Global Glance: Senate scrambles to save health bill; ruling in travel ban leaves questions unanswered

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Here are today’s top business headlines from across the nation and world:

Senate leaders scramble to save health bill amid defections

WASHINGTON (AP) — Senate leaders scrambled Tuesday to rescue their health care bill, in deepening jeopardy as opposition from rebellious Republicans intensified. The defections loomed as Congress’ nonpartisan budget referee said the measure would leave 22 million more people uninsured by 2026 than President Barack Obama’s law. Majority Leader Mitch McConnell, R-Ky., was hoping to staunch his party’s rebellion, a day after the Congressional Budget Office released its report. He’s been aiming at winning Senate passage this week, before a weeklong July 4 recess that leaders worry opponents will use to weaken support for the legislation. Read more

Ruling in travel ban leaves myriad questions unanswered

WASHINGTON (AP) — The Supreme Court’s decision to partially reinstate President Donald Trump’s temporary travel ban has left the effort to keep some foreigners out of the United States in a murky middle ground, with unanswered questions and possibly more litigation ahead. The justices ruled Monday in an unsigned opinion they would hold a full hearing on the case in October. In the meantime, the administration can bar travelers from six majority-Muslim countries from the U.S. if they don’t have a “credible claim of a bona fide relationship” with someone or some entity in the country. It’s unclear what will ultimately constitute a “bona fide relationship,” though the ruling suggested that an American job, school enrollment or a close relative could meet that threshold. Read more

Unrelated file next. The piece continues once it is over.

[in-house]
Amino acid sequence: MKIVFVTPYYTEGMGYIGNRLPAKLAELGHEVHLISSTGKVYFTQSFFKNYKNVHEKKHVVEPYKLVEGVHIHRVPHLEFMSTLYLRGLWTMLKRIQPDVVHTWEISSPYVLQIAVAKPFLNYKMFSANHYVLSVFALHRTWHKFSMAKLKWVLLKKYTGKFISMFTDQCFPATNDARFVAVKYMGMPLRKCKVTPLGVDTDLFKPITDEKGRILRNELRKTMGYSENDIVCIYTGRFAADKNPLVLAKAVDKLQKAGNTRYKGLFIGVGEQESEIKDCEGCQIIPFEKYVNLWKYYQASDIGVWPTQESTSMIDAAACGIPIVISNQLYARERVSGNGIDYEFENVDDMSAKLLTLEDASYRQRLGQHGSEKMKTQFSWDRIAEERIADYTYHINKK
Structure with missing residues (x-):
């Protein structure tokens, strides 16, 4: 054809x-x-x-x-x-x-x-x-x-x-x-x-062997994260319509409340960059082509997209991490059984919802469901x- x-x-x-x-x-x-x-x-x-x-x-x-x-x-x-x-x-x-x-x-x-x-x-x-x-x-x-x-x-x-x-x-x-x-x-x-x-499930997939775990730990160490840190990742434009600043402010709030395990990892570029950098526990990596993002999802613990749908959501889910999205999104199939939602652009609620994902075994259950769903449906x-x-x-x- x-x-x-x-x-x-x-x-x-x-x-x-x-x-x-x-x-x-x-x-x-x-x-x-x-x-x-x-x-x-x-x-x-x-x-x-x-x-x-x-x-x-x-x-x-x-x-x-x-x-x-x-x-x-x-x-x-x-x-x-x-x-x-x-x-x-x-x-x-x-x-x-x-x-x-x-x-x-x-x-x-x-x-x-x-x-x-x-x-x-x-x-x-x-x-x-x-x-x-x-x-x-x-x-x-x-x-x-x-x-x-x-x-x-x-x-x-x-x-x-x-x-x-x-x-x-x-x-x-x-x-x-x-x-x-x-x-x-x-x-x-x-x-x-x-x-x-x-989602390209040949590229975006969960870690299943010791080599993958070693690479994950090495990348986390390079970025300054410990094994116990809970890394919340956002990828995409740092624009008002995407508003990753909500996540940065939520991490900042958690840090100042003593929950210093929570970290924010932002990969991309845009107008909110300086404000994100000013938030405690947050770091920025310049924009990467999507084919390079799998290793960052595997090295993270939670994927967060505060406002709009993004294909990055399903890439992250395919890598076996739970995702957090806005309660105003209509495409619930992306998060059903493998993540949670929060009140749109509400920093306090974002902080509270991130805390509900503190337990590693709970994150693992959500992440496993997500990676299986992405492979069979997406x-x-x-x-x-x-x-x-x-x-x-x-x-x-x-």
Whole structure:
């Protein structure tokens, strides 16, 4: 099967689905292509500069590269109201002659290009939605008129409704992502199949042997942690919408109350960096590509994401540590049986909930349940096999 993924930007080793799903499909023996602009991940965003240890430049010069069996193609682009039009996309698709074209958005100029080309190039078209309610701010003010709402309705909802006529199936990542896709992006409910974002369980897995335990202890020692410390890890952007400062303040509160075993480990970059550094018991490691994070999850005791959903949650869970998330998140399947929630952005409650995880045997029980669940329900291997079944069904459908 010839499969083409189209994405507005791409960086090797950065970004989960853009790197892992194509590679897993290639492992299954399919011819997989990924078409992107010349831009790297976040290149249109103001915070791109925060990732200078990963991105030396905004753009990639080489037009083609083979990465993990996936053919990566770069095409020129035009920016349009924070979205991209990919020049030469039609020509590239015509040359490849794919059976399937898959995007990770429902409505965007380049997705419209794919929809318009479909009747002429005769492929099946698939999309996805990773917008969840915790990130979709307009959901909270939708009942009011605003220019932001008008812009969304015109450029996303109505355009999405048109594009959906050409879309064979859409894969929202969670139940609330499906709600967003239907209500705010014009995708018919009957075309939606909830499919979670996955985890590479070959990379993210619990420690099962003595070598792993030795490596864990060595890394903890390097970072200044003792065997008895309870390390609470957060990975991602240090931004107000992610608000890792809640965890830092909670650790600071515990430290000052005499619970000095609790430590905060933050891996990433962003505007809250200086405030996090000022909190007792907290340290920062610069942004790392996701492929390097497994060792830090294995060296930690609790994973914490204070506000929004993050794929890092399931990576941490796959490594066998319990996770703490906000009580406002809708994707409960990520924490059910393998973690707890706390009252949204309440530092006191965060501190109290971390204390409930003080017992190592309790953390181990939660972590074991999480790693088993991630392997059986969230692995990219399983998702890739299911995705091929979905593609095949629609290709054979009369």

Draghi: Considerable stimulus still needed despite recovery

FRANKFURT, Germany (AP) — European Central Bank head Mario Draghi says the bank’s stimulus efforts are still needed even as the economy gathers speed and that any scaling back will come gradually. Draghi’s said in a speech Tuesday at an ECB conference in Sintra, Portugal, that “a considerable degree” of stimulus support was still needed and that “we need persistence in our monetary policy.” He said that any changes would be guided by “prudence” and “will have to be made gradually.” Market observers are watching for signals about when the ECB will start reducing its 60 billion euros ($67 billion) per month in bond purchases, a program that aims to increase inflation and growth. Read more

EU fines Google a record 2.4 billion euros in antitrust case

BRUSSELS (AP) — The European Union slapped a record 2.42 billion-euro ($2.72 billion) fine on internet giant Google on Tuesday for taking advantage of its dominance in online searches to direct customers to its own online shopping business. European regulators gave the company based in Mountain View, California, 90 days to stop or face more fines of up to 5 percent of the average daily worldwide revenue of parent company Alphabet. Google says it is considering an appeal. Read more

Premier Li: China can control financial risks as debt rises

BEIJING (AP) — China’s top economic official tried to quell fears surging debt might threaten growth, saying Tuesday financial risks are “generally under control” and Beijing can achieve this year’s development targets. Speaking at a meeting of the World Economic Forum in the northeastern city of Dalian, Premier Li Keqiang also gave a ringing endorsement of free trade and said China will stick to its commitments to fight climate change. Li sought to dispel concern about the rapid rise in Chinese debt since the 2008 crisis, which private sector analysts cite as the biggest potential risk to the world’s second-largest economy. Read more

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